considered to be too high when the estimated level of protein degradation during
the race was between 78 and 88 g . day-' (1, 16).
Total water intake of 11 L per day was derived from food (1 L) and ingested
fluid (10 L) (water, 4 L; Maximum, 3.7 L; tea, coffee, soup, cordial, and fruit
juice, 2.3 L). Barr and Costill (3) suggested that the hourly fluid loss during
endurance events can be predicted from an individual's weight and running speed.
When this formula was used to estimate the fluid loss for the athlete over the
21 hr he ran each day, it amounted to a loss of 9.6 L of fluid. This compared
favorably with the amount of fluid consumed by the athlete of 11 L.
Food and drink were consumed in small portions every 15 to 20 min. Table
3 shows the frequency and the size of the servings given to the runner with the
type of activity being done. This amount of food and the timing of intake were
designed to minimize gastrointestinal stress and to maintain blood glucose levels.
During extended exercise gastrointestinal distress should be minimized (4, 12,
17) and blood glucose levels should be maintained (2). The mean blood glucose
level of the runner for each day ranged from 5.8 to 7.9 mmol(1). Small amounts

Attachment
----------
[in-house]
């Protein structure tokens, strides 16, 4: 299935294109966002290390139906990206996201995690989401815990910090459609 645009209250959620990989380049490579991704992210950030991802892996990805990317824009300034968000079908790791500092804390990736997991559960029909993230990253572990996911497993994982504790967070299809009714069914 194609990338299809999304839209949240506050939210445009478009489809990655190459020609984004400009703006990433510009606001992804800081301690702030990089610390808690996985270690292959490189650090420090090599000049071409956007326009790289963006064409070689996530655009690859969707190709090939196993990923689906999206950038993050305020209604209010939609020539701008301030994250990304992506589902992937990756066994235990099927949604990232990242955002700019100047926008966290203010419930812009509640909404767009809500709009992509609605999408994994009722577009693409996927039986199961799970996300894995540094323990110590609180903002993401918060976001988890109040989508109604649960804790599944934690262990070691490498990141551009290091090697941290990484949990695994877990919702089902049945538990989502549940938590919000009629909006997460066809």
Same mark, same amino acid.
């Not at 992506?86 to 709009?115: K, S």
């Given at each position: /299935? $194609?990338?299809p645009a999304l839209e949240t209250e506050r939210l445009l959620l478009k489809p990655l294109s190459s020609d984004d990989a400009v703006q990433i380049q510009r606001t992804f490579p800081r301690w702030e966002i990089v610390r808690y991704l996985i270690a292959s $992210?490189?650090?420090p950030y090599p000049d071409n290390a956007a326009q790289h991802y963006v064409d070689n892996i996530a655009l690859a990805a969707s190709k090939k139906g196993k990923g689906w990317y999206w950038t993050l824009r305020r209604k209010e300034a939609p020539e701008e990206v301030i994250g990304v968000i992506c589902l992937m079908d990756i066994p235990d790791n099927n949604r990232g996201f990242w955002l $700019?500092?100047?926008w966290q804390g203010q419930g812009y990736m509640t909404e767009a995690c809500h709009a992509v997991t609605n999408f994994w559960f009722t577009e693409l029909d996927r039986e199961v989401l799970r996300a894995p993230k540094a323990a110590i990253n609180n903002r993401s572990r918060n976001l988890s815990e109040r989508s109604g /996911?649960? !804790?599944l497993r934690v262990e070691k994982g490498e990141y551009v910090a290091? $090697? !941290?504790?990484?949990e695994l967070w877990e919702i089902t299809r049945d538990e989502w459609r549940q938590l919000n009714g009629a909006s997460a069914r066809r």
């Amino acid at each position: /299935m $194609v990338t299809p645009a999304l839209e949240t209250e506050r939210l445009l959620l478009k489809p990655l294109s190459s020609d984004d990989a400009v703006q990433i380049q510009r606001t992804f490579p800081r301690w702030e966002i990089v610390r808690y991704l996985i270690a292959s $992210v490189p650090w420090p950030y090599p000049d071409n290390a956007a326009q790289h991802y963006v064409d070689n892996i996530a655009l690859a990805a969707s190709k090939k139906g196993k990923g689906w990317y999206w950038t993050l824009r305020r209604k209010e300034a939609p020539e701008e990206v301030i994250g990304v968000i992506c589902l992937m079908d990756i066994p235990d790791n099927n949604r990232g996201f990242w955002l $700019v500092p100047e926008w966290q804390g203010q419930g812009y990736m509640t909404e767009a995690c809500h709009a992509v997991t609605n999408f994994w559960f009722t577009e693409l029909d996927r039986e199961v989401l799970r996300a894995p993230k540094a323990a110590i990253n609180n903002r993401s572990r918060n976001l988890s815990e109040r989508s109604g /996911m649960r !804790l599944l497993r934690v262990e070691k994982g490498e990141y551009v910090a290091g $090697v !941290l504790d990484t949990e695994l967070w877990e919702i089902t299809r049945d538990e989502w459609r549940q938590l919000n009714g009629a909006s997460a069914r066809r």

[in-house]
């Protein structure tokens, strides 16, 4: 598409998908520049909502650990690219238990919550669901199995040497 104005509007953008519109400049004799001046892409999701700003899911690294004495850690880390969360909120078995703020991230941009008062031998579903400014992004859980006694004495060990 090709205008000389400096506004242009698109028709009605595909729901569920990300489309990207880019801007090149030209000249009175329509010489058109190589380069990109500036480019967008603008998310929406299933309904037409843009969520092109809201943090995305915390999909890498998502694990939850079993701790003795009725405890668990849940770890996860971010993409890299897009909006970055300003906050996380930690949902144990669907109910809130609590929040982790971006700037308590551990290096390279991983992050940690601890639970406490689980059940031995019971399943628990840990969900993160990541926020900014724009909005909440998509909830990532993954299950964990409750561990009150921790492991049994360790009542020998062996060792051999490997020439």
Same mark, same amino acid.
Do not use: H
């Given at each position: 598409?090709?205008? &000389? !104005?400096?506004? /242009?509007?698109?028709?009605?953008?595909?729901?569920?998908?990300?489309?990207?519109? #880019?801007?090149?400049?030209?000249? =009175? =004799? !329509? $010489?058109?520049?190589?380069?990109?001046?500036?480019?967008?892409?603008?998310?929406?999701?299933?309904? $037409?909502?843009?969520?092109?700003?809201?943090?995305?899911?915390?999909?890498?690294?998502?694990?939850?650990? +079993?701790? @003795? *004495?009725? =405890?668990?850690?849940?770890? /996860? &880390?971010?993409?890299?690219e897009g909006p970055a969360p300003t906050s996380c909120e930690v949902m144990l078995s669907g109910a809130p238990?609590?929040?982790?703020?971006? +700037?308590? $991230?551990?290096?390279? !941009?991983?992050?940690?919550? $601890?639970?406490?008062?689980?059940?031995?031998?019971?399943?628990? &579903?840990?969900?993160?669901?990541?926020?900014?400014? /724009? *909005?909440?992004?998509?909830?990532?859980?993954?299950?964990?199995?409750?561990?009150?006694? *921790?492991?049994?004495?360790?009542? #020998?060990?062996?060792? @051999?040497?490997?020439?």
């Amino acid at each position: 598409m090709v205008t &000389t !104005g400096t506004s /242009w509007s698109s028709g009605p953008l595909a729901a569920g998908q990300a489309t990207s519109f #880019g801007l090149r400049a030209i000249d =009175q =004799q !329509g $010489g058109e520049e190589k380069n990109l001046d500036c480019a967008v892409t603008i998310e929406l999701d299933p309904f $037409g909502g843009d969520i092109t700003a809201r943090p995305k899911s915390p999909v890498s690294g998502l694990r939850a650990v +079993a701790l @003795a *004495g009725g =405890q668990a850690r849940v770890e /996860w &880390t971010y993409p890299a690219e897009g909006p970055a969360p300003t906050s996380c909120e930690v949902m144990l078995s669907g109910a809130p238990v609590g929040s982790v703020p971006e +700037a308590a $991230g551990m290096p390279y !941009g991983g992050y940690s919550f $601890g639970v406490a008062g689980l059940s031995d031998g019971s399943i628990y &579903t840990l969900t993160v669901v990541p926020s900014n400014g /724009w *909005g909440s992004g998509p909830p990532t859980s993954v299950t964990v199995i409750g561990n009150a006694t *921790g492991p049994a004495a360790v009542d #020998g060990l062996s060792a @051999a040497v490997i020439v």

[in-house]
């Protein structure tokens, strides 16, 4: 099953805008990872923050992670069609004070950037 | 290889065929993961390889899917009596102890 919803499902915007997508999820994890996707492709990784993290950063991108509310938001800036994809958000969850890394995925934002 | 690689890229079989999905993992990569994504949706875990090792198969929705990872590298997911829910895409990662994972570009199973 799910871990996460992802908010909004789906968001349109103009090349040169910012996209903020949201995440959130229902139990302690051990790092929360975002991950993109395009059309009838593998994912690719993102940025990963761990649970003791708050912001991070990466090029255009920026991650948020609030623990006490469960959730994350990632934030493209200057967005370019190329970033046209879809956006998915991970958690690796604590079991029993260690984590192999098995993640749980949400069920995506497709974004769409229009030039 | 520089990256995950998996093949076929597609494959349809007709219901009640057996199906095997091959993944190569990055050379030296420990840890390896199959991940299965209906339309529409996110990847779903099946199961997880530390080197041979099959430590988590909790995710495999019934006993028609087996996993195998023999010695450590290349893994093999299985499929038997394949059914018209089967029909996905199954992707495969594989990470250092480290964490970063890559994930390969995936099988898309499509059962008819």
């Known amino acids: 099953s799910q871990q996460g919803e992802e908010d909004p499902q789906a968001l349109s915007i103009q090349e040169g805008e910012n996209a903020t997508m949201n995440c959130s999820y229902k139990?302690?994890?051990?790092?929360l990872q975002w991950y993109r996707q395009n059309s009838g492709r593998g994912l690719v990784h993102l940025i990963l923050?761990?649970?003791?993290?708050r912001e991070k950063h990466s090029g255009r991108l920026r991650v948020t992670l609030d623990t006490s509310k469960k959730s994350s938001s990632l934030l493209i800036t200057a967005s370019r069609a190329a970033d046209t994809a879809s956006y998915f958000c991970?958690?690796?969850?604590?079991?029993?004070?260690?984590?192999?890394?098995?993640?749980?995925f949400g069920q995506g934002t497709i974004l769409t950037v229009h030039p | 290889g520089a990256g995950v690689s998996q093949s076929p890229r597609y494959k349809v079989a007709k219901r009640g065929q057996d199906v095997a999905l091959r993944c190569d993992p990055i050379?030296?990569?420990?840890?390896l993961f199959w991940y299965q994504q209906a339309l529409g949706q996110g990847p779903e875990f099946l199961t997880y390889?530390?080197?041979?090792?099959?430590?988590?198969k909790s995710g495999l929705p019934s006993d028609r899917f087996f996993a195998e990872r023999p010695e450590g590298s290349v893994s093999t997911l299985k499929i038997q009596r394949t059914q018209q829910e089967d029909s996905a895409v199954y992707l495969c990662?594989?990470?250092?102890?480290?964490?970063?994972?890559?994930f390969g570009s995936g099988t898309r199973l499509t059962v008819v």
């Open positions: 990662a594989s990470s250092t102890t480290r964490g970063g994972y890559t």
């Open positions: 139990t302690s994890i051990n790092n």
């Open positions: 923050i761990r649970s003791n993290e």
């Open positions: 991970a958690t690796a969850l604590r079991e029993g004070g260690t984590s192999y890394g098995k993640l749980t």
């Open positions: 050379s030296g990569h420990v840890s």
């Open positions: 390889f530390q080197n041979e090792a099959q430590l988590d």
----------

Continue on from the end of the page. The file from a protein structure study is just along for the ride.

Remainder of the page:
of either food or drink every 15 to 20 min ensured that the digestive system was
not overloaded and that water absorption was maximized (2).
As much as possible the athlete's desire for food type was met in order to
maintain morale; however, variety was encouraged to avoid boredom and ensure
adequate micronutrients. All but one of the micronutrients were adequately supplied (Table 4). The exception was riboflavin, with 3.4 mg . day-' being 92% of
the RDI, based on 0.15 mg per 1,000 kJ eaten, as suggested by Burke (5).
However, this intake was well above the level recommended for general health
in a sedentary male (2.2 mg . day-') (13). The mean sodium intake of 5,830 mg
day-' (Table 4) was provided by food and sport drink, with the latter contributing
only a mean daily intake of 860 mg. These data provide further evidence that
the intakes of micronutrient and electrolyte supplements appear not to be necessary during ultraendurance events when a dietary plan is followed.